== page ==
One-fifth of Europeans believe an anti-Semitic conspiracy theory that a secret Jewish cabal influences global political and economic affairs, a new survey found.
More than 16,000 citizens from 16 different European countries including the United Kingdom, France, Germany, and Belgium were interviewed over the last couple months as a part of the survey conducted by the Hungary-based Action and Protection League.
The results were disclosed at a conference on anti-Semitism in Paris on Monday, according to the Jewish Telegraph Agency, which also reported findings that one in five Europeans agreed with the statement that "Jews exploit Holocaust victimhood for their own needs."
Here are some of the other results from the survey:
A quarter of respondents agreed with the statement that Israel's policies make them understand why some people hate Jews.
More than a quarter concurred with the statement that "Israel is engaged in legitimate self defense against its enemies." A quarter of respondents disagreed and 46% did not express a position.
More than a third agreed with the assertion that "During World War II, people from our nation suffered as much as Jews."
A sample of 1,000 adults from each of the 16 countries were presented with 45 questions or statements in face-to-face interviews about Jews and Israel, the Action and Protection League told JTA. The survey reportedly has a margin of error of +/-0.8 percent.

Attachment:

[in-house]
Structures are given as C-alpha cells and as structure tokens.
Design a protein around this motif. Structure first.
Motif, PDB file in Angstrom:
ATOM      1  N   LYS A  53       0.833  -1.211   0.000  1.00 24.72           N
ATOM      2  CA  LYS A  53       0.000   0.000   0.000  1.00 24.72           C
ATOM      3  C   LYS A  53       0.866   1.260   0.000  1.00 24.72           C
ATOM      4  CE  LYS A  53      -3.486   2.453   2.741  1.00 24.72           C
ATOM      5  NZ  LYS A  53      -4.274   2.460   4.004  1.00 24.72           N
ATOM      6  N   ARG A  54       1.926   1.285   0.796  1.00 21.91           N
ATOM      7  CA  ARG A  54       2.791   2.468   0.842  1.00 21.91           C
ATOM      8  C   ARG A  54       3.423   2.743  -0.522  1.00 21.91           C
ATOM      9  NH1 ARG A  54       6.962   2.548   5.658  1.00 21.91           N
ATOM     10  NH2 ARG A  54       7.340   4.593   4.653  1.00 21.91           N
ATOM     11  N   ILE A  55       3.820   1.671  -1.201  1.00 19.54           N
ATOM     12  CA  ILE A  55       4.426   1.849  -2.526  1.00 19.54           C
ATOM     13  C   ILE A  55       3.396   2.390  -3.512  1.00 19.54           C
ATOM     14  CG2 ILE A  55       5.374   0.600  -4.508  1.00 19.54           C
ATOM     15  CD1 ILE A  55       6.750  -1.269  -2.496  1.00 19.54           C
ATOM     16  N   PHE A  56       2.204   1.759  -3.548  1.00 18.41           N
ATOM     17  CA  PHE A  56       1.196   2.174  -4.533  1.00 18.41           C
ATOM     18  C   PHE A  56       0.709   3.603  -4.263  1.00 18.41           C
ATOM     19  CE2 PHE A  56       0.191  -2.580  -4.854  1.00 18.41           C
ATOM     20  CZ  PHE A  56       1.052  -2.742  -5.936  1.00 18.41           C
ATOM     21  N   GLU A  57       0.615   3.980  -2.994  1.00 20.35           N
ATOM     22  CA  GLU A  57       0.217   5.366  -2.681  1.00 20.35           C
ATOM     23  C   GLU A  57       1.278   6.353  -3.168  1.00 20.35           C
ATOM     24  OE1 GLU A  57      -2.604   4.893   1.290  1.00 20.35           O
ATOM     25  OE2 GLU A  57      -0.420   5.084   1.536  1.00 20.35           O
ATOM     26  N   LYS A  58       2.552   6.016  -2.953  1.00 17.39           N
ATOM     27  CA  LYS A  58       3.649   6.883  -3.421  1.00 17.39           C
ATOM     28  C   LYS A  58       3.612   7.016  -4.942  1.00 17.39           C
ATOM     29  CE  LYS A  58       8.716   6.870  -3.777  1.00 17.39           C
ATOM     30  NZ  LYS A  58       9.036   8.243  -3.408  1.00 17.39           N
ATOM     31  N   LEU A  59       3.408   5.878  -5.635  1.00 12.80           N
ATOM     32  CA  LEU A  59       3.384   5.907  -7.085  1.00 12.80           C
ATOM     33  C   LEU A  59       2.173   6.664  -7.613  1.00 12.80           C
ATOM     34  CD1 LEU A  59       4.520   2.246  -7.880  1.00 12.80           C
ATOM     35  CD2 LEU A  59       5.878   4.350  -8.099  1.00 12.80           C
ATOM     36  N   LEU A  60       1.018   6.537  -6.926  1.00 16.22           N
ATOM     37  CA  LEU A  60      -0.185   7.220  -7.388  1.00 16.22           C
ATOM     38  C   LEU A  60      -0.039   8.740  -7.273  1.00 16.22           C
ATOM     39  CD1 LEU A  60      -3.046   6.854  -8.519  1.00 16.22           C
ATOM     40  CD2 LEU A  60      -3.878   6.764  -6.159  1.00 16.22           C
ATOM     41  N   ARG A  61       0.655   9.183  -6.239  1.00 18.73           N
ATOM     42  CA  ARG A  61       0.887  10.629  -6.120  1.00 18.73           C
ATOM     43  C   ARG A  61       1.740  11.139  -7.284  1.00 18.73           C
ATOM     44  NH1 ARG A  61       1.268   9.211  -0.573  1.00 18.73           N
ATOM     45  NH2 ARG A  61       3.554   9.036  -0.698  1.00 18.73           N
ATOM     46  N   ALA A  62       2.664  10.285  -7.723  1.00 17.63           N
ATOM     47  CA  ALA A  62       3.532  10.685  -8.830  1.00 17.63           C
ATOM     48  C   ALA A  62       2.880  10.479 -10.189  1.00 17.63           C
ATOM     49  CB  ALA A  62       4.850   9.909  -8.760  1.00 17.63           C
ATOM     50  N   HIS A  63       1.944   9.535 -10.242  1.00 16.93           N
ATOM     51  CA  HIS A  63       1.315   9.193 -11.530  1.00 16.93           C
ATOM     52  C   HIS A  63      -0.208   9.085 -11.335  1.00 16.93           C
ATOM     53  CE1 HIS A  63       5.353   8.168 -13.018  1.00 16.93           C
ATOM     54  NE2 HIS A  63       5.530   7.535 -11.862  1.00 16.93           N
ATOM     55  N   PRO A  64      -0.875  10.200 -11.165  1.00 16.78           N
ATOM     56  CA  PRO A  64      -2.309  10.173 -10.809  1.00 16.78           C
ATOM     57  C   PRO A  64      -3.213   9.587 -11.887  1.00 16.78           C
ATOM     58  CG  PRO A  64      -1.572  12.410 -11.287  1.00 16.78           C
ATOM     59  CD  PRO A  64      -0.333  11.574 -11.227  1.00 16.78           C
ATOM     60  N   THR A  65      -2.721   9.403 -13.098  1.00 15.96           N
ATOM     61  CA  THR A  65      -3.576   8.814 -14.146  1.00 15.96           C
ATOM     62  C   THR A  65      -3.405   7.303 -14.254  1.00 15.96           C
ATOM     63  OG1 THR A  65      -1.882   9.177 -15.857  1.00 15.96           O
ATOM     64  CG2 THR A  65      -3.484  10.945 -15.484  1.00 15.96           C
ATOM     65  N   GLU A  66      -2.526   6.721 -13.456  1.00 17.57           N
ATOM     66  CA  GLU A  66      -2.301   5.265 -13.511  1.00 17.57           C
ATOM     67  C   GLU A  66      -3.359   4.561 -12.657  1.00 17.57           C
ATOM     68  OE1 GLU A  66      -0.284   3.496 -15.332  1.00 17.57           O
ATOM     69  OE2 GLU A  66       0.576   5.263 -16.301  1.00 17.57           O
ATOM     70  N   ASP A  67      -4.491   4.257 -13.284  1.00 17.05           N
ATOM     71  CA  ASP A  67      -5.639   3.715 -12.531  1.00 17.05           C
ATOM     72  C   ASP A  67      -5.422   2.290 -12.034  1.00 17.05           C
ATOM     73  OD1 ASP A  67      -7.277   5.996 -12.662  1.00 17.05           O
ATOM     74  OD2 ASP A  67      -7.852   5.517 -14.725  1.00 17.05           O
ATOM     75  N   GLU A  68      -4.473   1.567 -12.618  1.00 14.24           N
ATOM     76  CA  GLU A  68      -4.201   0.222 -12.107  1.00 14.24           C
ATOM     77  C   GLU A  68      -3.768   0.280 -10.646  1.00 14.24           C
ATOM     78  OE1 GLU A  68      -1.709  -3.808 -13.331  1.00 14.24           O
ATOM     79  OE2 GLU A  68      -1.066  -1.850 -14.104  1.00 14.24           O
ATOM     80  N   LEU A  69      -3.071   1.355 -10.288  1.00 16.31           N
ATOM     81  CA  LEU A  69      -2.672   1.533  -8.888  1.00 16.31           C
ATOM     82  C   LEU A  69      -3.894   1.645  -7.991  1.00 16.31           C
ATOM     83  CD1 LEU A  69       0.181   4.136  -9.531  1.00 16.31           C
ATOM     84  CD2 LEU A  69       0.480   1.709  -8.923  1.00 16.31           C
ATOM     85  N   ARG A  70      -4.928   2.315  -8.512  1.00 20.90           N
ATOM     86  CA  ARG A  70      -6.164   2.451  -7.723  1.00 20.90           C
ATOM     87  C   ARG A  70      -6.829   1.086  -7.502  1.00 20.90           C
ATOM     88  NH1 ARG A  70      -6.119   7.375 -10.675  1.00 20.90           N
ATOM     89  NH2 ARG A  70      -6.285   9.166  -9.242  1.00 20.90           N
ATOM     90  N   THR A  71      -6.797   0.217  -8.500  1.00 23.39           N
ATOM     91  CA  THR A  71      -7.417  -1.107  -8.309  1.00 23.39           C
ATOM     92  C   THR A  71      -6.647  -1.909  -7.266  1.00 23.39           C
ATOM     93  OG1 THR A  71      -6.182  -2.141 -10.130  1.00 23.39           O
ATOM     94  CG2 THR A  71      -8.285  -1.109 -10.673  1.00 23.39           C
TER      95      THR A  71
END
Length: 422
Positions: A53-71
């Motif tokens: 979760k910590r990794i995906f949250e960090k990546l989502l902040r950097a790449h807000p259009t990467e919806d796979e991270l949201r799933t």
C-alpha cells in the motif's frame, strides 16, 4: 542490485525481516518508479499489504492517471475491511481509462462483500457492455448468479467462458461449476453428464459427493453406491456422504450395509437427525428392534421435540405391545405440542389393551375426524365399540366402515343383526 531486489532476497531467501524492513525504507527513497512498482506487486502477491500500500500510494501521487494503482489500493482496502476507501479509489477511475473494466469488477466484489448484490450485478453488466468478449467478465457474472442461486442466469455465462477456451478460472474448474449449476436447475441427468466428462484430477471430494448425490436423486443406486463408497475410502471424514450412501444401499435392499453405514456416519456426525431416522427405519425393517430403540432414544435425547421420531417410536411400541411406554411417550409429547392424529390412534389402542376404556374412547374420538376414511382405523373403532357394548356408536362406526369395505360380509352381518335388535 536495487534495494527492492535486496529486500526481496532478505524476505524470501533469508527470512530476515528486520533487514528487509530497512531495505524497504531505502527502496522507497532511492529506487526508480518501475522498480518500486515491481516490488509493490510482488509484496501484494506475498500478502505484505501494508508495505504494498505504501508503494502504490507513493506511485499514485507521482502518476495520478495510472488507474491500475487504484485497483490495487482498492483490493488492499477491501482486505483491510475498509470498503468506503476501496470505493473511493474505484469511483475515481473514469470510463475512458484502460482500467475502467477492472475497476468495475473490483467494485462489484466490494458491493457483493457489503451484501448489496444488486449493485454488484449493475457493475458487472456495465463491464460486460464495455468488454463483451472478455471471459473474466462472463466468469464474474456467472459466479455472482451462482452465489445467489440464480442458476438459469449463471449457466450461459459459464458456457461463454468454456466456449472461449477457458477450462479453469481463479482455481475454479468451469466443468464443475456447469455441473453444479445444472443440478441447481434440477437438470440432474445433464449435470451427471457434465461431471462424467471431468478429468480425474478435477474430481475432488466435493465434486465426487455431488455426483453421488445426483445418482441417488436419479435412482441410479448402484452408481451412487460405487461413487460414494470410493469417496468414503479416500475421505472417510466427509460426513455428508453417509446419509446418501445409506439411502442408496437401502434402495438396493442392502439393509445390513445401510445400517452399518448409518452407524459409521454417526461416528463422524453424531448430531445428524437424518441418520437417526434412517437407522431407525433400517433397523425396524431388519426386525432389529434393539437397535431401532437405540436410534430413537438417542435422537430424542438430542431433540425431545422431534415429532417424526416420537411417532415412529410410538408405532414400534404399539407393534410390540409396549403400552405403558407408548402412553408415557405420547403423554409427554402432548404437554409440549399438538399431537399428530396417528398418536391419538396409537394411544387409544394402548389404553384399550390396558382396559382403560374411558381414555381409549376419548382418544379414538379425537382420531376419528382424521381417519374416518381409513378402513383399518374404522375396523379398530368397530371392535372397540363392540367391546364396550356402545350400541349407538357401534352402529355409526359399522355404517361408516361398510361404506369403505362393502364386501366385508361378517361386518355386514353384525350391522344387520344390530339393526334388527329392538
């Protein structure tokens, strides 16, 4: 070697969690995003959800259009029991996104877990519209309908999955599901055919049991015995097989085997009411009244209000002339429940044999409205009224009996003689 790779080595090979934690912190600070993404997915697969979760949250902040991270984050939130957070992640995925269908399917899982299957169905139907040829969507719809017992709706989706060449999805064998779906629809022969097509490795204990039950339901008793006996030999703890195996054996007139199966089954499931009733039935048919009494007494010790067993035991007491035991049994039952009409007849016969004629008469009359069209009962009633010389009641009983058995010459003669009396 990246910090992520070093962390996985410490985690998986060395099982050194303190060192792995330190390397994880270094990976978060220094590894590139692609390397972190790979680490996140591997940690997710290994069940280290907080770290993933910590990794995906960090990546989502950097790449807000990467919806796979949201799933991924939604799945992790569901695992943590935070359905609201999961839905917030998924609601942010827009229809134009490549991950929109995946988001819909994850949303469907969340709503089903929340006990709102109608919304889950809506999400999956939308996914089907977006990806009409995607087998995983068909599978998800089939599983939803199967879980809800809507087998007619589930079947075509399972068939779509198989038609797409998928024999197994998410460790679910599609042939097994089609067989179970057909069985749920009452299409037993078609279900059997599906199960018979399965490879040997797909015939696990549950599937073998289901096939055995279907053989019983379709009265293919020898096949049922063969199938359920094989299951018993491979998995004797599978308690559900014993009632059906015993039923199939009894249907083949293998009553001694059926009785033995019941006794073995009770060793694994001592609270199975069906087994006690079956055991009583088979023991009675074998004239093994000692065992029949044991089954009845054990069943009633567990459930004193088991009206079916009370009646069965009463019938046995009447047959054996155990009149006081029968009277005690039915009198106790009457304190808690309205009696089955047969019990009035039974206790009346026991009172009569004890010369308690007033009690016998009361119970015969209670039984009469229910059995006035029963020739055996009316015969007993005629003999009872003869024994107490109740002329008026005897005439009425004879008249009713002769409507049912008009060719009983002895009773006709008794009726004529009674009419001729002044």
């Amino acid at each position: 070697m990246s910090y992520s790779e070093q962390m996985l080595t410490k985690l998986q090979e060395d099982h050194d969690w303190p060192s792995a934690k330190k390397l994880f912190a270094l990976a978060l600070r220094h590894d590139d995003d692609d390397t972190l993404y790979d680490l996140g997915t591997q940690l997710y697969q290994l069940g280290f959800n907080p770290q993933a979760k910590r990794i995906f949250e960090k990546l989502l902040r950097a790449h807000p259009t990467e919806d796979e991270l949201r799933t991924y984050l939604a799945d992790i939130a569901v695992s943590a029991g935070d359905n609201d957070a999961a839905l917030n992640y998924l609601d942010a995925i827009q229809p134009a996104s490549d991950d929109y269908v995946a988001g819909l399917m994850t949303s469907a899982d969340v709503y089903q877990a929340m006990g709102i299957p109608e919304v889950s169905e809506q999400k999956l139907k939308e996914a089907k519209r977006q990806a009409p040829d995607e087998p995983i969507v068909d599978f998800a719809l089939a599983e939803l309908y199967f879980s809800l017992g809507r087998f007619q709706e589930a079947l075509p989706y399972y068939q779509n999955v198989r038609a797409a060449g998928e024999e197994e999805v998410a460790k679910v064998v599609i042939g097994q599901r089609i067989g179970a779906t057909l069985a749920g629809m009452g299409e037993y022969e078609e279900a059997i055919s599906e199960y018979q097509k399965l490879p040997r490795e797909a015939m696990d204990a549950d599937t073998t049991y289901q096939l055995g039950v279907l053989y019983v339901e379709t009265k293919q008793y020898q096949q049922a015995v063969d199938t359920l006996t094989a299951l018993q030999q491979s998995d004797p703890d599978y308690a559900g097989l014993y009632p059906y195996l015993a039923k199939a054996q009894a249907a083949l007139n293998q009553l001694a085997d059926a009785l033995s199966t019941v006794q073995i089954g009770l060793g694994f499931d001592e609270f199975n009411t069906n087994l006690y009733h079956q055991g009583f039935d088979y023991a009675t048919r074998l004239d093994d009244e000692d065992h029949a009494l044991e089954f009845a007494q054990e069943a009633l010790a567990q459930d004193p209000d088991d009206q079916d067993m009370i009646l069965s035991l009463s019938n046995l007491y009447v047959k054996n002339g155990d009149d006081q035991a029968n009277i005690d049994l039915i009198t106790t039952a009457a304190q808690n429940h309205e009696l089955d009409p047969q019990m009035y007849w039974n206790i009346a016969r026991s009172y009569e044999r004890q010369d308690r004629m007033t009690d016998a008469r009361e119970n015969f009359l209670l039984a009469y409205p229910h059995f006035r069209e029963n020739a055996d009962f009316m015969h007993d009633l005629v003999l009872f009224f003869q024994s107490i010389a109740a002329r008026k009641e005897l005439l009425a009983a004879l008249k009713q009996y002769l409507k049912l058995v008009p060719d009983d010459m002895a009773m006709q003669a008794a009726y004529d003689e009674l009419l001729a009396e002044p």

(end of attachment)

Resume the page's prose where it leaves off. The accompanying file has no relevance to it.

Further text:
Commenting on the results, Rabbi Slomo Koves, the chairman of the Action and Protection League, reported that Holocaust revisionism and stereotypes about Jewish people were more prevalent in Eastern European countries, while anti-Israel sentiments were more prevalent in Western Europe.
A complete breakdown of the survey results on a country-by-country basis is still being worked out, Koves acknowledged.
The survey follows a similar study conducted by the Anti-Defamation League, an international Jewish organization that aims to stop the defamation of Jewish people worldwide, last spring and summer. That study, which interviewed people living in 18 countries around the world, found that 1 in 4 Europeans "harbor pernicious and pervasive attitudes toward Jews."
Anti-Semitism is not isolated to European countries, though. A recent FBI statement titled, "Confronting the Rise in Anti-Semitic Domestic Terrorism," noted that "2019 was the deadliest year for domestic violent extremism" since 1995.